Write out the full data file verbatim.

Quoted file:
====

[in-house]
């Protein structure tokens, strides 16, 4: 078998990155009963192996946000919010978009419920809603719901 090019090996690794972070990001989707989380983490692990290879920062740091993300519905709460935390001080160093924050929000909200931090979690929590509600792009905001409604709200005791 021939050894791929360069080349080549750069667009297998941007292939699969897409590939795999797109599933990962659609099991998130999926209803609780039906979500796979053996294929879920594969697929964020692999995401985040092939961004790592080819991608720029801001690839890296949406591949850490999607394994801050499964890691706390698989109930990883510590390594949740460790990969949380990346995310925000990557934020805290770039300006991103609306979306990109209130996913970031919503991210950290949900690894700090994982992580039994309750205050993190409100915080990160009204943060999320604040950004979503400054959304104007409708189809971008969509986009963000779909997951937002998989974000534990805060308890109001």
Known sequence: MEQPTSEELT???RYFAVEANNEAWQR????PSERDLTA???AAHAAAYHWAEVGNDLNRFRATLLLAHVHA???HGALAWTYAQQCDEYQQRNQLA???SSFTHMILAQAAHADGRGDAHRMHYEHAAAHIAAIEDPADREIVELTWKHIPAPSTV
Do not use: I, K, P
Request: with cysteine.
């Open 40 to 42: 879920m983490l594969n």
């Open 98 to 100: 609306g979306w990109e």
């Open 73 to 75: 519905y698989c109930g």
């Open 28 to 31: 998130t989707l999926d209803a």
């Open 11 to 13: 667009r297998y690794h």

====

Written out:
[in-house]
């Protein structure tokens, strides 16, 4: 078998990155009963192996946000919010978009419920809603719901 090019090996690794972070990001989707989380983490692990290879920062740091993300519905709460935390001080160093924050929000909200931090979690929590509600792009905001409604709200005791 021939050894791929360069080349080549750069667009297998941007292939699969897409590939795999797109599933990962659609099991998130999926209803609780039906979500796979053996294929879920594969697929964020692999995401985040092939961004790592080819991608720029801001690839890296949406591949850490999607394994801050499964890691706390698989109930990883510590390594949740460790990969949380990346995310925000990557934020805290770039300006991103609306979306990109209130996913970031919503991210950290949900690894700090994982992580039994309750205050993190409100915080990160009204943060999320604040950004979503400054959304104007409708189809971008969509986009963000779909997951937002998989974000534990805060308890109001």
Known sequence: MEQPTSEELT???RYFAVEANNEAWQR????PSERDLTA???AAHAAAYHWAEVGNDLNRFRATLLLAHVHA???HGALAWTYAQQCDEYQQRNQLA???SSFTHMILAQAAHADGRGDAHRMHYEHAAAHIAAIEDPADREIVELTWKHIPAPSTV
Do not use: I, K, P
Request: with cysteine.
């Open 40 to 42: 879920m983490l594969n």
């Open 98 to 100: 609306g979306w990109e």
């Open 73 to 75: 519905y698989c109930g």
């Open 28 to 31: 998130t989707l999926d209803a």
């Open 11 to 13: 667009r297998y690794h």